Old 6th April 2020
  #23
Quote:
Originally Posted by RayHeath View Post
There are actually quite a few interviews on YouTube where this or that composer talks about how their tunes came about. I was watching one not long ago with Paul McCartney that I would recommend. . .




I wish YouTube had been around to channel interviews with Ludwig van Beethoven, George Gershwin, Duke Ellington, and a couple thousand of my other favorite composers!


Ray H.

. . .haven't actually counted, but it seems like I'm a huge fan of a couple thousand composers?
That's a great interview with Sir Paul! Thanks for sharing that, Ray.
Old 8th April 2020
  #24
Gear Addict
 

Sometimes I watch Rick Beato's channel, it's about all kinds of aspects of music.
And one of his series is what makes this song great?
In that serie his dives into a famous song of an artist and breakes it down.
He explains the different aspects, the chords, the vocals and much more.
Really great to get some more insight to the songstructure and why a peticular song is that good.
From Steely Dan to Boston, from Elton John to Stevie Wonder and so on.

Old 13th April 2020
  #25
Short answer for me, a lot of my melodies come to me while I'm whistling aimlessly. Then the tune just begins to develop. Others are playing in my head when I wake up in the morning, kinda like when a song gets stuck in your head. Those are usually the best ones.
Old 13th April 2020
  #26
Lives for gear
Quote:
Originally Posted by Sonic_X View Post
Hello there,

would appreciate some of your tips for songwriting, please!

1. what comes first music or words?
2. do you write words already on your language or first at "bird language" like "la-la-la-pi-pi"?
3. is your melody different from chorus to refrain?
4. do you consider writing a song for man or woman, or it is gonna be for both?

Thank you for sharing your experience!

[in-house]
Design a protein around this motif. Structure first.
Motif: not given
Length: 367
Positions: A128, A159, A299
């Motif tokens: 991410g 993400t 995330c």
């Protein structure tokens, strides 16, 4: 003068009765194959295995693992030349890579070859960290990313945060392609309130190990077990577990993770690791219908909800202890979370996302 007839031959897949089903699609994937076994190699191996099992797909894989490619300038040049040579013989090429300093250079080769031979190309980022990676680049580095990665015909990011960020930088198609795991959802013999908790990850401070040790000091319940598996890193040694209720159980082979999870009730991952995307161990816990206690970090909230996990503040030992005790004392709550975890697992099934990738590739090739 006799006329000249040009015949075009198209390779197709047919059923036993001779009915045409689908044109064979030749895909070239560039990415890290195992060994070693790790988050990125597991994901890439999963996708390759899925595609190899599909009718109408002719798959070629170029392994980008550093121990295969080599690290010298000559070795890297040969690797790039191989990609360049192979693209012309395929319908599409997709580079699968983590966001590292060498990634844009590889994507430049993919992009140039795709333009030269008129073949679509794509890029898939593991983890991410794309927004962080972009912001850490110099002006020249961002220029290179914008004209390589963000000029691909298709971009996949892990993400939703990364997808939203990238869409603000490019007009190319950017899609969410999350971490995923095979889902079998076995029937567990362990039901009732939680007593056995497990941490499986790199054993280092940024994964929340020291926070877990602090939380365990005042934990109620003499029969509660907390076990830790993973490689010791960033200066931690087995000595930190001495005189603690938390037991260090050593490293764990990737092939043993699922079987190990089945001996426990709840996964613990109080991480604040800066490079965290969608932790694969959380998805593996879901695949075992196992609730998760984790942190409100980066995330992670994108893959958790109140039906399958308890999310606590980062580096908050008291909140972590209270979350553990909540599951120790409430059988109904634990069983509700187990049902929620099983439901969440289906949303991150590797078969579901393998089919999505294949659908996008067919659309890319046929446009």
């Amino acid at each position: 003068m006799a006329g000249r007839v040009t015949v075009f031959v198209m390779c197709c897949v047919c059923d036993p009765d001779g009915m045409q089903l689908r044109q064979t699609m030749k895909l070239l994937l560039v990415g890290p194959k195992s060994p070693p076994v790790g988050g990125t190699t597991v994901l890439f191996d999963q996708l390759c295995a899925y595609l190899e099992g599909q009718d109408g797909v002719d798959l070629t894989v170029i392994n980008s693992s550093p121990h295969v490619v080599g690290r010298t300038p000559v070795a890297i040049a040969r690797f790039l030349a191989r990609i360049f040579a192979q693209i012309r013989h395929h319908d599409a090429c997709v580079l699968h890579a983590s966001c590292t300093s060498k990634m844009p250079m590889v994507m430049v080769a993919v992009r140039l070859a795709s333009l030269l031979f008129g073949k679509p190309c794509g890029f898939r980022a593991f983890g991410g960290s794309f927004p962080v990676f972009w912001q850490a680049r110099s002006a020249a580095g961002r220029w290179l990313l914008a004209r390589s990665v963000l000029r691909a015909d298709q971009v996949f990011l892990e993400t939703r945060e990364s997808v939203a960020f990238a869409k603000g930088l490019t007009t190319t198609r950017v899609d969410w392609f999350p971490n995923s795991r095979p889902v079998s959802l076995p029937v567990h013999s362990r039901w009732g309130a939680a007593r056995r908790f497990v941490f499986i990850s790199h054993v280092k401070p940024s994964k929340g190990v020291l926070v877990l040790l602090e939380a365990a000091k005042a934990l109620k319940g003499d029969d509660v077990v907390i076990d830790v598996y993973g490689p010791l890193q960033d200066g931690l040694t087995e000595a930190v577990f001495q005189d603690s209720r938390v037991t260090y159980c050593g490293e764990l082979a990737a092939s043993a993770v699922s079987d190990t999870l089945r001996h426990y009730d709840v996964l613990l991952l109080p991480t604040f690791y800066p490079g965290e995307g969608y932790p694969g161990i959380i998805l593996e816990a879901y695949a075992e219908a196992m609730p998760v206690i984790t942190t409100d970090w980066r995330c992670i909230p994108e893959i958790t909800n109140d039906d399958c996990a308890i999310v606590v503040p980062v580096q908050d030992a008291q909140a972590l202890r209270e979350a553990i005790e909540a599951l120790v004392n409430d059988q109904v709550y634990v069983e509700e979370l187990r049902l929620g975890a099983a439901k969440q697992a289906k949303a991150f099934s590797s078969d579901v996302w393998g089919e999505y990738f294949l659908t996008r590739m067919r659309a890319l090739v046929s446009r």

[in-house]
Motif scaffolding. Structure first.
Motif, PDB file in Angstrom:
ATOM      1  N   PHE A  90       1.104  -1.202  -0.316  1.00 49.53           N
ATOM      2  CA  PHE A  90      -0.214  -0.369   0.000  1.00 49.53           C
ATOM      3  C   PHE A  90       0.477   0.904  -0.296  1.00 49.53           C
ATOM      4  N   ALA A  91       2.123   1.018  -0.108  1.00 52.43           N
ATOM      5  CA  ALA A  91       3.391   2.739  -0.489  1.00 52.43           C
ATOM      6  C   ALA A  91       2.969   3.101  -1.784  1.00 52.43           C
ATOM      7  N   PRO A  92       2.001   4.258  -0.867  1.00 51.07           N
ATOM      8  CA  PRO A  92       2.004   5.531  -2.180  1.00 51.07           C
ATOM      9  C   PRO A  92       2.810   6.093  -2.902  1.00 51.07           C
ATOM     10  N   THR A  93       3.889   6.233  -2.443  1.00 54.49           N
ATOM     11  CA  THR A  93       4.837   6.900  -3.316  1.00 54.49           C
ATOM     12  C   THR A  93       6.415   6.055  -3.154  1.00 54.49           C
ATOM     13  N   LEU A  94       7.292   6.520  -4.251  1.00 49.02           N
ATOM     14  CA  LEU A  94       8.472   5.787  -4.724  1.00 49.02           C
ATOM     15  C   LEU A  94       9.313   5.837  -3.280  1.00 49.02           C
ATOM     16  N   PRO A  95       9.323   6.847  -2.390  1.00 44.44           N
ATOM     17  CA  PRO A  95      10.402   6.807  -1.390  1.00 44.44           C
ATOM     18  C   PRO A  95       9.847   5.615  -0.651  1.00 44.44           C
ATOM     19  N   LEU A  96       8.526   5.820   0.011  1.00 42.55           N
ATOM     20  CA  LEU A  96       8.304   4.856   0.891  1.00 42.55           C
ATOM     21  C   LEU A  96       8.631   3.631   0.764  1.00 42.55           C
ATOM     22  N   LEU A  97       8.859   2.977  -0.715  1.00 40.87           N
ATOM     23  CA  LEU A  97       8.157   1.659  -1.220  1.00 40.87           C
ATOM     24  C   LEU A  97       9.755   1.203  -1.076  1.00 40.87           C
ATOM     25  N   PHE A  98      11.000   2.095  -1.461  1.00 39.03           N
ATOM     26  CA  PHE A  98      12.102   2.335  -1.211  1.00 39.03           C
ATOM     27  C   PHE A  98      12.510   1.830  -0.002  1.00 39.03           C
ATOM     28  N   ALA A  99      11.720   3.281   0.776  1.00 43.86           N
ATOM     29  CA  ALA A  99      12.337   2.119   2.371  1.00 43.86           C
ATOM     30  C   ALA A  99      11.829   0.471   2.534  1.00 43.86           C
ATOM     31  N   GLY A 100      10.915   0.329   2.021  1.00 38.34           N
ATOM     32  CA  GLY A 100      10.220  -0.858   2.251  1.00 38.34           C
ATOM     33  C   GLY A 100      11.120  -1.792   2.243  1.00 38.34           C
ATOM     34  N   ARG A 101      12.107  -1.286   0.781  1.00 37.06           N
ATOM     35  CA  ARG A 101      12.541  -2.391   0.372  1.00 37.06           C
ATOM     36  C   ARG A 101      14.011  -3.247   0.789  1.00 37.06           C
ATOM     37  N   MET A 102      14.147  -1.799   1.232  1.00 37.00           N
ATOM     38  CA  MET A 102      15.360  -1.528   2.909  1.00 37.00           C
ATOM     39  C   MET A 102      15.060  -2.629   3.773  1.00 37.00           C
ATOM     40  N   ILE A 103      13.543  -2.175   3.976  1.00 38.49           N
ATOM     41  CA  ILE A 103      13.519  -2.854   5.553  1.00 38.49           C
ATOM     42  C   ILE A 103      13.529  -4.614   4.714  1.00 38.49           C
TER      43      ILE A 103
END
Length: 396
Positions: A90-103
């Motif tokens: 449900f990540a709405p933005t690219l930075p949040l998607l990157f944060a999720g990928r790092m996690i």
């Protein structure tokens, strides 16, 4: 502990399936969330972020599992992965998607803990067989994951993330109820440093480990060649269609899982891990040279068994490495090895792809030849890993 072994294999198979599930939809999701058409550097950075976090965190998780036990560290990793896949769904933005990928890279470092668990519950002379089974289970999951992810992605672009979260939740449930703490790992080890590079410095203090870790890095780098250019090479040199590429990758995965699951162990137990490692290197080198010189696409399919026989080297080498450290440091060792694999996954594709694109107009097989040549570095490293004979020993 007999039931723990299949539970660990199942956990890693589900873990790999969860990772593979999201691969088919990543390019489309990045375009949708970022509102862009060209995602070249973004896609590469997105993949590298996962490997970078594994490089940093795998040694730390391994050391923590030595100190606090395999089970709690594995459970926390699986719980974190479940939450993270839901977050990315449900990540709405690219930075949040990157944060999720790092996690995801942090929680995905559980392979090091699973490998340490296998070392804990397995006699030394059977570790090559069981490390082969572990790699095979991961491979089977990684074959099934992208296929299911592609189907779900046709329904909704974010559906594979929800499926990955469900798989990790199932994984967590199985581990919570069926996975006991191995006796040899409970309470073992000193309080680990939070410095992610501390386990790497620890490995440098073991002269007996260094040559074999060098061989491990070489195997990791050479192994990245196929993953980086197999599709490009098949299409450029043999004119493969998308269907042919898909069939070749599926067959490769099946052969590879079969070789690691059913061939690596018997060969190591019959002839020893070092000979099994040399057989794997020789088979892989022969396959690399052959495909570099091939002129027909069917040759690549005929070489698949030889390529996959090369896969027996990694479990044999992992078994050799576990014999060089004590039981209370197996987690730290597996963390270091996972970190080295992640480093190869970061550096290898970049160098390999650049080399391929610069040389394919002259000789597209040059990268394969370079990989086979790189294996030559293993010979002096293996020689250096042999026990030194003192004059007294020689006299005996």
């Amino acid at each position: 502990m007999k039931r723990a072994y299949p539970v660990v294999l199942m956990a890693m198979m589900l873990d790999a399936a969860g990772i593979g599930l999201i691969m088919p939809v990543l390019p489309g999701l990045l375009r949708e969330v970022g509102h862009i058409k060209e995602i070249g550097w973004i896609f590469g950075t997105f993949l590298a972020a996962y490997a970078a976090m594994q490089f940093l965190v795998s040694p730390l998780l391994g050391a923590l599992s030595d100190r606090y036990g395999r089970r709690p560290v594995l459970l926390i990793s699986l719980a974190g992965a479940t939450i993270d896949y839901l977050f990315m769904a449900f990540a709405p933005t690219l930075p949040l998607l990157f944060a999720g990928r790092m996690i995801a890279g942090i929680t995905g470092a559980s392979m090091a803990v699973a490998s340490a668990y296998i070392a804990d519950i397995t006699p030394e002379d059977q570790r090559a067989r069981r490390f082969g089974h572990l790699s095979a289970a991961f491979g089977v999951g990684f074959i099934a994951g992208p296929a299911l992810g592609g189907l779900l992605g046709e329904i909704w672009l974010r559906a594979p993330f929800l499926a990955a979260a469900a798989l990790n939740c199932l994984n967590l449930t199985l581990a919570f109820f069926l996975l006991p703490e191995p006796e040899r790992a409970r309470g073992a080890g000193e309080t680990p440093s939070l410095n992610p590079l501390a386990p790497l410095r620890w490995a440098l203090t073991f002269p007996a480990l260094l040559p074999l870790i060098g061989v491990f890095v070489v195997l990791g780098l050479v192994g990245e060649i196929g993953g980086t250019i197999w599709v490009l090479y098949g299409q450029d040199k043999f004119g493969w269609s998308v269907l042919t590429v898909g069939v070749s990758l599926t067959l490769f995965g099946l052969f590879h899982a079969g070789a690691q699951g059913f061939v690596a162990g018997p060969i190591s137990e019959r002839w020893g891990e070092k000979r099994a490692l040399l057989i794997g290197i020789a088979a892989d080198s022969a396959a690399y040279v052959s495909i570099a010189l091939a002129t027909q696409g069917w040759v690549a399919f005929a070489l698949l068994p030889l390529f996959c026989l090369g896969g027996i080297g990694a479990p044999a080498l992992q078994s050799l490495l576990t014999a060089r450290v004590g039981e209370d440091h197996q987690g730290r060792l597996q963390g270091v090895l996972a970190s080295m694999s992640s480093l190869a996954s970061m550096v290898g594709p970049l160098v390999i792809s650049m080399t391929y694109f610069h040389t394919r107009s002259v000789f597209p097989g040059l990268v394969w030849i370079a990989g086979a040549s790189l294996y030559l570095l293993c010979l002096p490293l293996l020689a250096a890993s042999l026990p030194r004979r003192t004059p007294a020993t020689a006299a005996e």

Cheers
J
As some who has written more songs than I can count and had professional success. (At one point, it was my only job, and even today, my PRO checks are my bread and butter. Of all the things I've done "Songwriting" (and composing) are the reason, I'm not outside your place asking for a quarter every time you go out.) I can offer you a couple of things:

1. The best songs you write will be GIVEN to you. At points in your life, you will have a complete song inside you that comes into being faster than you can write it down or demo it. When it happens you look at what has come into being and say "Holy sh!t" where did that come from!!?! Next, you will say "This song is AWESOME!"

You are correct, it is awesome, be grateful and humbled that you were the one to receive it. If you are, you are more likely to get more.

2. Don't make the mistake of chasing this experience. You can't, it comes and goes as it pleases. If you say "This or nothing" And cop a "Good is the enemy of great" type of attitude towards it...Well, you most likely won't get far. I suggest that "NOTHING is the enemy of ANYTHING." is a far more lucrative motto for songwriters to live by.

3. Any and all of what you suggested should be tried. Do it all. If you get into a groove with one process, eventually you'll get bored and want to try another, do it all, then think of some new approaches and do them too. You never know when "IT" is going to pay you a visit...or where.